Last week was the 50th anniversary of the 1st Star Trek Tv show. Star Wars and Star Trek have their respective camps and followers but Star Trek was way ahead of its time in terms of a healthy lifestyle.
- “Star Trek” featured the first interracial kiss on TV
- Star Trek put LGBT issues at the forefront.
-The show addressed issues of morality and technology
-1967’s “The Deadly Years” exploring aging
- Ageism became an issue again in “ The Next Generation” episode “Half a Life”
A 22-year-old student has developed a portable cooling system that can keep vaccines at the ideal temperature while they're transported across developing countries. The design was created as part of a university project by Will Broadway, an industrial design and technology graduate from Loughborough University in the UK. Dubbed the “Isobar”, it’s able to maintain a stable temperature between 2 and 8°C (35.6 and 46.4°F) for up to 30 days. The device has the potential to make some real change to vaccination distribution. His idea is inspired by the 2-phase ammonia-water absorption refrigeration invented by none other than Albert Einstein in 1906. The Isobar works through heating ammonia and water, resulting in evaporation, which provides a powerful endothermic cooling effect. This cooling effect is then maintained in a separate chamber and released by an automated valve that monitors the internal temperature. The heating element can be recharged within an hour using either electricity or a propane burner in emergency situations when a power supply isn’t available.
As Broadway explains on the Dyson Award website: “I came up with my solution while camping in Mexico. My friends brought 13kg of ice with them and I thought that there must be a better system of cooling than this. I saw that we had 4 propane stoves and wondered if you could make a cooling effect by heating it. I discovered a 1929 forgotten cooling invention called "Icyball" that had no moving parts and provided rural farmers access to off the grid refrigeration." There are now plans to present the idea to the Bill & Melinda Gates Foundation or the World Health Organization to run a pilot study using the unit.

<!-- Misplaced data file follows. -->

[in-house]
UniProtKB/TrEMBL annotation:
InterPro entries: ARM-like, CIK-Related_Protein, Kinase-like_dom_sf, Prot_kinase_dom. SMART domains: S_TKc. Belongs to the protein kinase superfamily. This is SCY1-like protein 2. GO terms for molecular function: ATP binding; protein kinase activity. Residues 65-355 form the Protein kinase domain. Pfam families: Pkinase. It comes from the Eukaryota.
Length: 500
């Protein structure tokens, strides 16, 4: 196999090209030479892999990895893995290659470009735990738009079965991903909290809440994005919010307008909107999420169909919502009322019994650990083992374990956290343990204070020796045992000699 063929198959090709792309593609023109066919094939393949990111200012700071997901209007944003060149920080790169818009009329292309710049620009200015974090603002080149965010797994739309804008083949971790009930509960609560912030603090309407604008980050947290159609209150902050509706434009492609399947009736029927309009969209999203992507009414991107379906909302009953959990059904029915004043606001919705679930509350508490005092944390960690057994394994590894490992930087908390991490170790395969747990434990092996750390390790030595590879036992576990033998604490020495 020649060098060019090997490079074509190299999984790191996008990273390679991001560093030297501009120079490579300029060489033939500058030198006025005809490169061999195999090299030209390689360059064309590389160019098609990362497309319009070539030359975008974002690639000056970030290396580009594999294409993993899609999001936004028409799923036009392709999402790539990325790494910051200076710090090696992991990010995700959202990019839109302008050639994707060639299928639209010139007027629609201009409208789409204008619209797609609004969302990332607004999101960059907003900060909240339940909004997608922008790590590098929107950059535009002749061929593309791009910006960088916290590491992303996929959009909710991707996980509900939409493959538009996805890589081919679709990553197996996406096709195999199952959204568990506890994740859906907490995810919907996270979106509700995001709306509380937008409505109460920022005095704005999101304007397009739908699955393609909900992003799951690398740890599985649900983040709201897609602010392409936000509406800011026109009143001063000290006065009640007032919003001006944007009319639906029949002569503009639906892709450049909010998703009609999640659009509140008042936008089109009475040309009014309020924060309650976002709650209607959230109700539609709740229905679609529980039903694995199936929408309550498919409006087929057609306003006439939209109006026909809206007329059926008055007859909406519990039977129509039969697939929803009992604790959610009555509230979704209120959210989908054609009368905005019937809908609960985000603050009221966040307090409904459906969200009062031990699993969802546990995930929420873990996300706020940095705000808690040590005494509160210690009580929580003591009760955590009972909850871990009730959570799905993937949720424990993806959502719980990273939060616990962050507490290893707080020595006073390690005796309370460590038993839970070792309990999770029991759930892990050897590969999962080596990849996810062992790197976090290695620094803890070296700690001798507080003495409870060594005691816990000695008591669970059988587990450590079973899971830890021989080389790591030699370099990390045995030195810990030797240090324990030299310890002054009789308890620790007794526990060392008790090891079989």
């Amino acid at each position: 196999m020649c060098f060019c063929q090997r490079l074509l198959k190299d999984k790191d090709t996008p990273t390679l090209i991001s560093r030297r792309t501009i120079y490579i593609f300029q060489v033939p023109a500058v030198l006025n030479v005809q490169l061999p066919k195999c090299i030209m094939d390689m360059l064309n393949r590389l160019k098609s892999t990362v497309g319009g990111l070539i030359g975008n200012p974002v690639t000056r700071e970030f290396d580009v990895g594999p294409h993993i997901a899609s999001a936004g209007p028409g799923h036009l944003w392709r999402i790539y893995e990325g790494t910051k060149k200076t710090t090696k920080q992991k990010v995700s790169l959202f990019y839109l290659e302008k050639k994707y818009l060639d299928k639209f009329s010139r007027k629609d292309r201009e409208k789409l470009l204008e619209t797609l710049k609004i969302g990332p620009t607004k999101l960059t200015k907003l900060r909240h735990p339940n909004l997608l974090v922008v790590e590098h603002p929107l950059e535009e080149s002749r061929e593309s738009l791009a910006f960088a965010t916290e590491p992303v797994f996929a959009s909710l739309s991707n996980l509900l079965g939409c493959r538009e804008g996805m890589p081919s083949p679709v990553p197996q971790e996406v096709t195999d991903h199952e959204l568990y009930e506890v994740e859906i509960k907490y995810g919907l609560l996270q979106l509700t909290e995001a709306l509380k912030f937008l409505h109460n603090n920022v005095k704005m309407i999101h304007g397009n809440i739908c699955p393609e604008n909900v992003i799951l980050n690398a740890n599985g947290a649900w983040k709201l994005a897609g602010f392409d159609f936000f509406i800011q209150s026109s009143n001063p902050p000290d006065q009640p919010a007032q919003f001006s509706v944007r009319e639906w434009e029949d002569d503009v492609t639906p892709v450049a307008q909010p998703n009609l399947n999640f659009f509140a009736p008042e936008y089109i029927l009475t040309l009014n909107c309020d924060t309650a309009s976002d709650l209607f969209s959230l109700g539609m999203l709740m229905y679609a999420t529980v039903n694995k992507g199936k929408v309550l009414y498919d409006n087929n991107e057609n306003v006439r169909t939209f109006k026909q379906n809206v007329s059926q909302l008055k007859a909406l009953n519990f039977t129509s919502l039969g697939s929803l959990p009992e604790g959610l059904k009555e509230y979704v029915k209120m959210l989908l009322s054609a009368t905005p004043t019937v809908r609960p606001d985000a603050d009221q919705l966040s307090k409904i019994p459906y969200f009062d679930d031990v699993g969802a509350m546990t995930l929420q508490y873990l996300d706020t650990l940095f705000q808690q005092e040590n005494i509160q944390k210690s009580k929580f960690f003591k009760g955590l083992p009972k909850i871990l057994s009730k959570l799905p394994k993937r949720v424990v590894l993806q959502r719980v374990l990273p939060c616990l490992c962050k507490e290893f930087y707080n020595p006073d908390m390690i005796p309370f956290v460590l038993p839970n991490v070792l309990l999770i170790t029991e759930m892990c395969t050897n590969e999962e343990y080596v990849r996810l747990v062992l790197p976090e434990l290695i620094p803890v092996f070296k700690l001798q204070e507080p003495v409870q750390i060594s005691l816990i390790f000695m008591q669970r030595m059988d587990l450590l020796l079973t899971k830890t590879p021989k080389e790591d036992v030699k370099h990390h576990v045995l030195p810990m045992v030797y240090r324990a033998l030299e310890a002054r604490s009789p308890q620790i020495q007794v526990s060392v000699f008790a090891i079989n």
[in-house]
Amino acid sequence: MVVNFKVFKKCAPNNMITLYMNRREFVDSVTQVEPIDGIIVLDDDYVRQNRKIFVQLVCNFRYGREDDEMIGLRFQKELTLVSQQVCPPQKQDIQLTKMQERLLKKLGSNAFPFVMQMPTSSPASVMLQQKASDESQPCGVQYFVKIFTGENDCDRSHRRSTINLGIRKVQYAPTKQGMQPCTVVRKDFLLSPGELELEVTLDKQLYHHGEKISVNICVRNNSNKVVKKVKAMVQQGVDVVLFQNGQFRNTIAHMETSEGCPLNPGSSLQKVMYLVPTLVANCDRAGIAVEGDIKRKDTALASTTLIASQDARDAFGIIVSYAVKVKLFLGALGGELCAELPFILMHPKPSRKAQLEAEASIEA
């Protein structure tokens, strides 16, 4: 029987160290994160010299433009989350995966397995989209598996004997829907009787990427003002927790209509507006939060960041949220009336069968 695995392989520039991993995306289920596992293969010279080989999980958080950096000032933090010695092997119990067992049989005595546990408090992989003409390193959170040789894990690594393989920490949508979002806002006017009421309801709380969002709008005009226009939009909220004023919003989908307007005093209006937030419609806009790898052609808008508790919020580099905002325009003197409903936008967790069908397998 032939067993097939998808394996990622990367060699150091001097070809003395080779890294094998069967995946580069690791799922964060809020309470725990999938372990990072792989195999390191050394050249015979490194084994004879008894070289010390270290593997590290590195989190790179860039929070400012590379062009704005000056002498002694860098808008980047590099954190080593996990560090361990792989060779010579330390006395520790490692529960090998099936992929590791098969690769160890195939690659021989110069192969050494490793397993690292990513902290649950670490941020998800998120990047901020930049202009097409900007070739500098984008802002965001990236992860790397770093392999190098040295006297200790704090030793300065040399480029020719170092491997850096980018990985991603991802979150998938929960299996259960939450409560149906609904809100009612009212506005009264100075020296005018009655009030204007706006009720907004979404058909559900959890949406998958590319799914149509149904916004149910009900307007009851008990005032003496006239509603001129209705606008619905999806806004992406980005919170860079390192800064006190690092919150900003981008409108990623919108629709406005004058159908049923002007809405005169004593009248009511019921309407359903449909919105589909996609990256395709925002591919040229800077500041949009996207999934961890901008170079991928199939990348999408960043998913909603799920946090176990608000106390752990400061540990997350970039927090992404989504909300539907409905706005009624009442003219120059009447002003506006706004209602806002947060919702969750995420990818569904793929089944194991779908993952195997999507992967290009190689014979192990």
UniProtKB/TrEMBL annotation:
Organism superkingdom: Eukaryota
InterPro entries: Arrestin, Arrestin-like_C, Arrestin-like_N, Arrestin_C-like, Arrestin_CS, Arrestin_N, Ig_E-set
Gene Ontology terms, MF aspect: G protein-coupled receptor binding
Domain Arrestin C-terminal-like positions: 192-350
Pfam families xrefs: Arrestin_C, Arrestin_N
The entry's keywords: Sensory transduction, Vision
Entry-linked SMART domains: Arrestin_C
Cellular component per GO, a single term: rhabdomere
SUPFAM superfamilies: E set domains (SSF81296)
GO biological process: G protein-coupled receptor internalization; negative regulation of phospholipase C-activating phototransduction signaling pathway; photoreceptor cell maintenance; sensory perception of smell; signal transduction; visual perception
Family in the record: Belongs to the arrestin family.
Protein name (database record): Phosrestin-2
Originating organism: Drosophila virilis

Canadian men could be wealthier and healthier if they curbed their spending on things like tobacco and alcohol, lost a few pounds, and invested the money instead, says a new report released on the eve of Canadian Men's Health Week. In fact, a very unhealthy guy could stand to lose $8.6 million over his lifetime. The Canadian Men's Health Foundation (CMHF), a not-for-profit organization, commissioned the report to illustrate how men can make small lifestyle changes and get big results that will benefit their health – and their bank balance. H. Krueger & Associates Inc. conducted the study. The report, "How Much Does Tobacco Smoking, Alcohol Use and Excess Weight Cost Individual Canadian Men," examines the financial burden on those risk factors on men and the Canadian economy. It not only estimates the out-of-pocket costs of purchasing cigarettes and alcohol and the additional life insurance premiums that are charged to individuals with any one of the three risk factors, but also considers lost investment opportunities.
The costs vary substantially depending on the level of consumption or excess weight. To illustrate this point, three hypothetical "Joes" were created:
• Low-Risk Joe, who smokes five cigarettes per day, consumes one alcoholic drink per day and is six-feet-tall, weighing 258 lbs. (BMI of 35), could save $275,000 over his lifetime. If Joe took this money and, instead of spending it on cigarettes or alcohol or additional life insurance premiums, invested it between the ages of 30 and 75, the cost increases to $1.7 million.
• Medium-Risk Joe, who smokes 20 cigarettes per day, consumes three alcoholic drinks per day and is six-feet-tall, weighing 295 lbs. (a BMI of 40), could save $628,000 over his lifetime. Invested, costs go up to $3.2 million.